Japan b.o. grows 17.5% in first half

Worst recession since WWII can't stop boxoffice rise

TOKYO – The Japanese boxoffice showed its recession-proof qualities as it grew 17.5% in the first half of 2009 to 94 billion yen ($990 million) on the back of strong domestic releases, despite the worst recession to hit the country in the post-war era.

Toho and its subsidiary Toho-Towa, which releases overseas titles, continued to dominate, cornering 45% of the market between them with combined sales of 42 billion yen.

Toho’s hits include “Rookies” (over $85 million and counting), the latest animated “Detective Conan” film ($37 million), “April Bride” ($33 million) “Crows Zero II” ($31 million) and “20th Century Boys” ($31 million.)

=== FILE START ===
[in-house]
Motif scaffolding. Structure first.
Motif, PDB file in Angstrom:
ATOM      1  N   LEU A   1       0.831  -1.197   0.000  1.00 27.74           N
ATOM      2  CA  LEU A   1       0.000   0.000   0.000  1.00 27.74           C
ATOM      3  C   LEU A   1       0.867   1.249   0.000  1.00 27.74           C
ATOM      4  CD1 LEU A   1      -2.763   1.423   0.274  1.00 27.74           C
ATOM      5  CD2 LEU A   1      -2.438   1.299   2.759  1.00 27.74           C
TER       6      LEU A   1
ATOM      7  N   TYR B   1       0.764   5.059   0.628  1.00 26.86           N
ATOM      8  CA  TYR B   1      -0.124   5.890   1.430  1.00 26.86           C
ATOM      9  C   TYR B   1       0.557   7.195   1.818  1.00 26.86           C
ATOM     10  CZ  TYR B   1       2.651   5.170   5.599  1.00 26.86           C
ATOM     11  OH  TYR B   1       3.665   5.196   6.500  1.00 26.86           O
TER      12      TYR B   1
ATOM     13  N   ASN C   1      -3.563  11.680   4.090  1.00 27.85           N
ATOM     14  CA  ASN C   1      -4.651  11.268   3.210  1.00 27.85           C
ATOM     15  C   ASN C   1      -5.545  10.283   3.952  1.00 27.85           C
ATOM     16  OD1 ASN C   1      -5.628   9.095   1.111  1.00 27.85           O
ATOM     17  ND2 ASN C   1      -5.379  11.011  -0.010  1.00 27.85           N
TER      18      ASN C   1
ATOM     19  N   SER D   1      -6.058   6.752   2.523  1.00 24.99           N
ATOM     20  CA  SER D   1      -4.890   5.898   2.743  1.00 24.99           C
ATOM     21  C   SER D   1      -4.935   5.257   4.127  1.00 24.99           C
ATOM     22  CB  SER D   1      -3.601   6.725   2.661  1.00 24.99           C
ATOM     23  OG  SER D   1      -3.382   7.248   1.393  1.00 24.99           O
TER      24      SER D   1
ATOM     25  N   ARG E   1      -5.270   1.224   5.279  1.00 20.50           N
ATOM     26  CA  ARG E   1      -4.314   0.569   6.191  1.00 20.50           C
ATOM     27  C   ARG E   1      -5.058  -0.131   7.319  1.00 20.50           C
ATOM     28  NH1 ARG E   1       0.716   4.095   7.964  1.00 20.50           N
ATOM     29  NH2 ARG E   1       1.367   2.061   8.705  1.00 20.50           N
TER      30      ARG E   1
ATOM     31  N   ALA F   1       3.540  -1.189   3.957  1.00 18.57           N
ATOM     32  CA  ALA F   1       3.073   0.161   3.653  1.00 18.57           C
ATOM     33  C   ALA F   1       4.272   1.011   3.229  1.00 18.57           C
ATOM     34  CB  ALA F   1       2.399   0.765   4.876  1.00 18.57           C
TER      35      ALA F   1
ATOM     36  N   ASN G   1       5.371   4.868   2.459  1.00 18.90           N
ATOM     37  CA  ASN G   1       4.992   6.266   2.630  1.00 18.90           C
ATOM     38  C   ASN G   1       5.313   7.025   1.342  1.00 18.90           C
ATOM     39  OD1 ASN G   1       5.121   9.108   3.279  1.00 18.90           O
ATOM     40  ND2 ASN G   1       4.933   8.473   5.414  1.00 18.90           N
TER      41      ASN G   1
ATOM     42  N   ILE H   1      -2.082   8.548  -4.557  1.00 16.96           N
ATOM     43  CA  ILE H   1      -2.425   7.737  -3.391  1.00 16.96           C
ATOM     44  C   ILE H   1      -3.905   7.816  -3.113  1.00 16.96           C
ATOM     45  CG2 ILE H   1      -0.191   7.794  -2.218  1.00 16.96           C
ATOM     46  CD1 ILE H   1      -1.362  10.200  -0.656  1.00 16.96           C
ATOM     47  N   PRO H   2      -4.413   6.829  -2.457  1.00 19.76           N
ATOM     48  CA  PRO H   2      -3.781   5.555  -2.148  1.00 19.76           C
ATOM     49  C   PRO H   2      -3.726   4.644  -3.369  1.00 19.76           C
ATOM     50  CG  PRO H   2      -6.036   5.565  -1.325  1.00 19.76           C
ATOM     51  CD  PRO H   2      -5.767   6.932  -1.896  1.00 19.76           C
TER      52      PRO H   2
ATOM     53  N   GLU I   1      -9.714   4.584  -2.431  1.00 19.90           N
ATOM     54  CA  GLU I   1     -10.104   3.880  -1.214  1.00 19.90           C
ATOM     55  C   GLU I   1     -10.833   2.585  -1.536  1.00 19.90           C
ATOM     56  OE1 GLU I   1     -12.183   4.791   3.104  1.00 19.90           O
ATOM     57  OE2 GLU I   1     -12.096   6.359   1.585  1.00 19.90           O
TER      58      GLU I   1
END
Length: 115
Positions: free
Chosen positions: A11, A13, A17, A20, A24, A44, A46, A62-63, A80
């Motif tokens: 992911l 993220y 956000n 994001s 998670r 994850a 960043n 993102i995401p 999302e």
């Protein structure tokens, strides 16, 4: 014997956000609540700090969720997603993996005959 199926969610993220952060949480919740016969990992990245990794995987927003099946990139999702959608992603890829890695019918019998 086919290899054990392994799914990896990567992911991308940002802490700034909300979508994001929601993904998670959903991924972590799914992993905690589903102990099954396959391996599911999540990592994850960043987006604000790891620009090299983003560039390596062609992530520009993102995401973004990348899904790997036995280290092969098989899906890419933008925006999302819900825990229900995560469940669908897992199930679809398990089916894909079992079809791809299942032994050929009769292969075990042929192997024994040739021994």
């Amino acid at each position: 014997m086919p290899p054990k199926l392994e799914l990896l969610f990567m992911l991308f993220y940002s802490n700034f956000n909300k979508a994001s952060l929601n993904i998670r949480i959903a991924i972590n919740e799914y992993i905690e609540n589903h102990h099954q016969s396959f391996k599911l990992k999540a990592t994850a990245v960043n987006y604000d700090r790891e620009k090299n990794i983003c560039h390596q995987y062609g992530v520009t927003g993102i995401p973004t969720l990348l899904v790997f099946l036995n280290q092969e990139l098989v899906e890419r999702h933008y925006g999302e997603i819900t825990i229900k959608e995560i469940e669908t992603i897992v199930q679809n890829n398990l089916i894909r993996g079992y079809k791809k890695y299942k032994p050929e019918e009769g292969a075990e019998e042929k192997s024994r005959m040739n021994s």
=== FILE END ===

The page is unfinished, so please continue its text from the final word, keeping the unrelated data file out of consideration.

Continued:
Toho-Towa clocked up the biggest overseas hit of the year so far with “Red Cliff: Part 2” ($58.5 million) which it co-distributed with Avex, which also invested heavily in the film – the most expensive Asian production to date.

The top five distributors were unchanged from last year, and Shochiku remained in third spot with 10.6 billion yen, helped by “Departures,” which clocked up more than half its 6.25 billion yen after its Academy Award win.

Warner was the most successful foreign distributor -- in sixth spot -- earning $51 million, almost half of which came from “The Strange Case of Benjamin Button.”

The figures, from entertainment trade website “Bunka Tsushin,” are compiled from the 13 top distributors - accounting for over 95% of the market.

Although the figures are encouraging for the Japanese industry, particularly given the economic meltdown, the first half of last year had a relative lack of blockbuster releases and was down 13.5% on 2007.

Domestic titles outsold Hollywood 60-40 in 2008, and looks set for another strong year, largely off the back of the tried and tested manga to TV drama to movie formula.
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